VerticalScope increased the size of the offering on Monday after a wave of investor interest catapulted the deal to ‘many multiple times oversubscribed’
Shares of VerticalScope Inc. made its public debut on the Toronto Stock Exchange on Tuesday after raising its offering by 25 per cent to $125 million a day earlier.
The Toronto-based company’s initial public offering is the latest in a parade of Canadian tech companies to take to the public markets. It hiked the size of the deal to $125 million from $100 million after garnering strong demand from investors.
VerticalScope listed on the Toronto Stock Exchange under the ticket symbol FORA at $22 per share. The company had initially planned to price the offering between $19 and $23. The stock closed on its first day of trading at $22.95, down 9 per cent from its opening price of $25.25.
The company decided to increase the size of the offering on Monday after a wave of investor interest catapulted the deal to “many multiple times oversubscribed,” chief executive officer Rob Laidlaw said in an interview.
“We had a significant amount of investor interest in our business,” Laidlaw said. “We have a very strong M&A pipeline coming up, and we thought that we would be able to put that money to work and deliver shareholder returns.”
The deal values NordStar Capital LP’s stake – one of its largest shareholders – at $173 million. NordStar purchased Torstar Corp. in a $60 million takeover last year, seeing its stake almost triple with the IPO.
RBC Dominion Securities Inc., Canaccord Genuity Corp. and National Bank Financial Inc. led the IPO, which also included TD Securities Inc., Raymond James Ltd., Desjardins Securities Inc., Cormark Securities Inc. and HSBC Securities Inc.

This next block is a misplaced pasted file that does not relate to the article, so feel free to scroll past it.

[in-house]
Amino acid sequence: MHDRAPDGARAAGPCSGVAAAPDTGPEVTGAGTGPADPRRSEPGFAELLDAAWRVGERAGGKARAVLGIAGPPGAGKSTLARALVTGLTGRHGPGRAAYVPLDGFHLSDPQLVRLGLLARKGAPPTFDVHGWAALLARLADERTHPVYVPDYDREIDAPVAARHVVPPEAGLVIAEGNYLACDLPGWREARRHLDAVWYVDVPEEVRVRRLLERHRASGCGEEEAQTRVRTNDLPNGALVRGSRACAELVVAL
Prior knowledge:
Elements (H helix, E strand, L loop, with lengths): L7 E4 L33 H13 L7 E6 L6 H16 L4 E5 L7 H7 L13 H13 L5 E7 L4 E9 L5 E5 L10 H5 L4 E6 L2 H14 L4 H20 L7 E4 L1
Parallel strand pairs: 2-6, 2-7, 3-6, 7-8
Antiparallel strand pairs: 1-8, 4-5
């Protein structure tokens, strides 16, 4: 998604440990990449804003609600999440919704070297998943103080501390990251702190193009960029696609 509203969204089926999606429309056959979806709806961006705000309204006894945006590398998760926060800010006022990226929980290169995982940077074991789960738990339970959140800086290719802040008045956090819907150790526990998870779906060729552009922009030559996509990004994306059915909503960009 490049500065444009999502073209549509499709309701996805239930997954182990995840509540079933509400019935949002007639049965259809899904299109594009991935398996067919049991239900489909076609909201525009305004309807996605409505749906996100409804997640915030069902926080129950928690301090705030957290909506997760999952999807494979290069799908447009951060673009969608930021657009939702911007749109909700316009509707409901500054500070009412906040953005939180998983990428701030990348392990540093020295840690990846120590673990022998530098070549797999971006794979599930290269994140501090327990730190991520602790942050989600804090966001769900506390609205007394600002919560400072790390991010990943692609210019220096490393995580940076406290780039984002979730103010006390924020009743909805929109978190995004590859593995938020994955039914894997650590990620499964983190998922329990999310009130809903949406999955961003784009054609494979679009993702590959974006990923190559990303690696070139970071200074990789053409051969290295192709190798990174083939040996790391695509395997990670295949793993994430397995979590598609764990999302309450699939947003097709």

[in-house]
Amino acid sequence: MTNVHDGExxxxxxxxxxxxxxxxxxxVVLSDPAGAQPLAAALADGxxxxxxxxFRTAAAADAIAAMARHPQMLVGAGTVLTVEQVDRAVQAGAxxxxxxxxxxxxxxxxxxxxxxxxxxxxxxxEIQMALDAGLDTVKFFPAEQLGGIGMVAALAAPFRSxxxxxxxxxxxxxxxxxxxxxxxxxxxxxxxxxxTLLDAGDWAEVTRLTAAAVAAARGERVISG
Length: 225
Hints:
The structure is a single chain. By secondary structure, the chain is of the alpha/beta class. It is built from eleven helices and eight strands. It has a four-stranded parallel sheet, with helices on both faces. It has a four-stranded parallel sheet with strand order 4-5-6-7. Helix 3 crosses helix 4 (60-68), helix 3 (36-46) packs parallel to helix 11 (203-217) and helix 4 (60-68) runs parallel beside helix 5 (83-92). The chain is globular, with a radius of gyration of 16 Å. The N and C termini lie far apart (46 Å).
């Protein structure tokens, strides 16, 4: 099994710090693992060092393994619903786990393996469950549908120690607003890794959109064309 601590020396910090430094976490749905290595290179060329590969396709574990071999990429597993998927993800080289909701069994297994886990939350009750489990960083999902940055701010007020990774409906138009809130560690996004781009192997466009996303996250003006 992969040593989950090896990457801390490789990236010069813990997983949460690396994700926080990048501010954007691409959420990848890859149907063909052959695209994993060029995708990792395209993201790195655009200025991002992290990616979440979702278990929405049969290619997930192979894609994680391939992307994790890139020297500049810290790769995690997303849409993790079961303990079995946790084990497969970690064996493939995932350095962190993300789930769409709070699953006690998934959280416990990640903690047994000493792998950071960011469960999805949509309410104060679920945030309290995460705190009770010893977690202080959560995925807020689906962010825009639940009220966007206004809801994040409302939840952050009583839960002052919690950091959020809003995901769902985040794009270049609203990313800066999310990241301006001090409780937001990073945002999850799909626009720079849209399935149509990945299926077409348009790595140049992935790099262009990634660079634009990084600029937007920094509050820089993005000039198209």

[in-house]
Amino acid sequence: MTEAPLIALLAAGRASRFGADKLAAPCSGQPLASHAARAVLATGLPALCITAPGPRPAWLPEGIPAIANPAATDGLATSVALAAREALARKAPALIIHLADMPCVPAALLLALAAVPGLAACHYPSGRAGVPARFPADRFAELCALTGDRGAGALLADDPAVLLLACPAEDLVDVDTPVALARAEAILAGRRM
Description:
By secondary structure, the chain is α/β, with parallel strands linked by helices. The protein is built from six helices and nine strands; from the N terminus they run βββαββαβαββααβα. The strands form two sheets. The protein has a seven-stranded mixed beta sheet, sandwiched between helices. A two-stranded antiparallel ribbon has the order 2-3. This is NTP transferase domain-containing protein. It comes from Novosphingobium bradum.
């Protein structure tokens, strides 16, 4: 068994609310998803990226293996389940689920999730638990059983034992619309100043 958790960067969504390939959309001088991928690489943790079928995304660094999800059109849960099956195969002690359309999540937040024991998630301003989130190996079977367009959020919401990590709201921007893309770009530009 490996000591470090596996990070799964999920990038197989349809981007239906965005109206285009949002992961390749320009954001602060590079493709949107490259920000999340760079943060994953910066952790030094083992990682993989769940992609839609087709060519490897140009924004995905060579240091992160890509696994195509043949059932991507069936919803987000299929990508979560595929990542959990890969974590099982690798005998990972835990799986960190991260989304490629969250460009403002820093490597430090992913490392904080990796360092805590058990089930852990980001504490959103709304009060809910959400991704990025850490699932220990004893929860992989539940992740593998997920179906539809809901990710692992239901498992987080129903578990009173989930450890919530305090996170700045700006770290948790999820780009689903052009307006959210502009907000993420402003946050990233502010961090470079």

We had a significant amount of investor interest in our business
The company – founded by Laidlaw in 1999 – hosts more than 1,200 enthusiast communities websites on topics including guitars, woodworking, beekeeping, dogs, do-it-yourself projects and sailing, with more than 100 million monthly users.
With $100 million earmarked for the 20 potential acquisitions in its pipeline over the next year, VerticalScope expects to add US$18 million in adjusted earnings before income, taxes, depreciation, and amortization (EBITDA) collectively. The company booked US$26.6 million in adjusted EBITDA in 2020, a five per cent increase from 2019.
In its 22-year history, the company has made more than 200 acquisitions. In 2018 and 2019 alone, it spent $50.1 million on 25 acquisitions – including Yellow Pages’ RedFlagDeals – before largely pausing its acquisition strategy last year to focus on upgrading its cloud-based software and migrating its online communities to the new platform.
When search engines prioritized online forums with more modern user experiences in 2018, VerticalScope’s websites were based on multiple legacy platforms, making it difficult adapt, the company said in its prospectus. Its search ranking “declined meaningfully,” its regular number of users tumbled, and its revenue sunk 14 per cent year-over-year in 2019.
Since then, it started transitioning its communities to its cloud-based platform, migrating 88 per cent of its forums as of Mar. 31. In the past twelve months, revenue jumped 11 per cent.
With the funds raised with the IPO, Laidlaw is turning his sights back to his acquisition strategy.
“It wasn’t a straightforward decision, because we had to take a step backwards on monetization because we were facing traffic headwinds,” Laidlaw said, adding that the company reduced ads to make its sites faster for users. “That’s been a material improved to our business and we’re back to growing now.”